How Panthers' play-calling limited Cam Newton's effectiveness
Cam Newton’s MVP season came crashing to a halt in the Super Bowl when he ran into the defensive juggernaut that is the Denver Broncos.
We knew this Denver defense was good, but stumbles against Pittsburgh and injuries late in the season may have lulled us all into a false sense of sense of security, believing them to be merely good, and not great.
Newton was pressured on 35.5 percent of his dropbacks during the regular season, but 46.9 percent in the Super Bowl. In total, the Denver defense notched 35 pressures, and Carolina’s offensive line—which had the seventh-best pass-blocking efficiency during the regular season, allowing 145 total pressures in sixteen games—was responsible for 26 of them.
Newton began to feel phantom pressure even when the heat wasn’t coming, and when it was, he completed just 31.3 percent of his passes.
We saw some of the Cam Newton of old—a good, but not MVP-level quarterback—come back to the surface, with routine throws failing to find their mark. He didn’t play badly in the Super Bowl, but he also didn’t play as well as we have come to expect this season.
Late in the first quarter, Newton missed on the throw that has been his biggest issue during his career—and one that should be completed every time. Against cover-3, the Panthers had Ted Ginn open in the gap between corner and safety, but Newton simply airmailed the ball too high. He was sacked the very next play and forced to punt, already trailing by 10 in the game. This season, Newton has been hitting this pass with much better regularity, but when the pressure was applied in the Super Bowl, he regressed.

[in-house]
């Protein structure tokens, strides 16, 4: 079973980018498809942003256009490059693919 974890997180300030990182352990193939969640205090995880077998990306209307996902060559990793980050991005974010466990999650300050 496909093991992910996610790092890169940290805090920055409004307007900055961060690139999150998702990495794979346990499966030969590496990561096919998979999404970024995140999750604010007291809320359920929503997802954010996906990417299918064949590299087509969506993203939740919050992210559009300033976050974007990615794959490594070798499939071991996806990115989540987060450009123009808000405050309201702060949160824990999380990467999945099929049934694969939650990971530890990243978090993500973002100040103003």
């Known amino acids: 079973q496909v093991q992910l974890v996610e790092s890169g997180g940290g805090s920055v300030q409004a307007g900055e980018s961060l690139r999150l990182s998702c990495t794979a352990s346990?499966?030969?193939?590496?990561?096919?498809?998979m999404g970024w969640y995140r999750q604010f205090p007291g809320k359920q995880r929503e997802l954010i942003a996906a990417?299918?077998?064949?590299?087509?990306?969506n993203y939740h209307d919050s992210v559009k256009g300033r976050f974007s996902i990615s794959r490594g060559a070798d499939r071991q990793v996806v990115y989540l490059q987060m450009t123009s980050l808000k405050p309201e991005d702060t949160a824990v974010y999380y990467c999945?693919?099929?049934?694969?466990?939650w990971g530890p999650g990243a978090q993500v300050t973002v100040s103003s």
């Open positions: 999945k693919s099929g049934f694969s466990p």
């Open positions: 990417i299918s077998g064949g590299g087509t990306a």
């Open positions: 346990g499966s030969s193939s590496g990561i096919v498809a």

That’s not to say that Newton didn’t do good things in this game, and we saw some flashes of his ability both with his legs and arm. Early in the third quarter, Newton found Ginn again after working through his progression. This time, he hit him in stride on a deep-dig route, beating the safety with the throw that ultimately gained 45 yards.
Newton’s numbers also suffered from four drops over the game—something that he’s had to deal with all season long, but becomes amplified in games as close as this one.
The biggest asset to Newton’s play is his work in the run game. In this game, he carried the ball six times for 45 yards (7.5 per carry), but the Panthers ran surprisingly little of this, and barely broke out the option plays that are so difficult to defend, and which did pose the Denver defense with some questions. Newton instead became the focus of the passing attack, dropping back to pass 37 times, despite the game being close enough to continue running the regular offense right up until the killer blows late in the fourth quarter.
Carolina’s play-calling essentially hamstrung its own greatest weapon on offense, transforming an MVP player into just another quarterback, and doing so when facing the best pass-rush and coverage unit they have had to deal with all season. Cam Newton threatened to be effective when carrying the football, but was under so much pressure when passing that he could never provide the same threat through the air.
The Broncos’ defense got after Cam Newton and effectively restricted what he could do as a passing quarterback—but don’t understate the role the Panthers played in reducing Newton’s potential impact, too.
In the end, his game will be remembered for what he didn’t do far more than what he did. Newton didn’t carry the ball nearly as much as we expected him to. He didn’t complete the routine passes he needed to. He didn’t dive on a loose ball because it looked like it would be a pretty unpleasant environment to put himself in, and ultimately, didn’t have the effect on the game that he should have.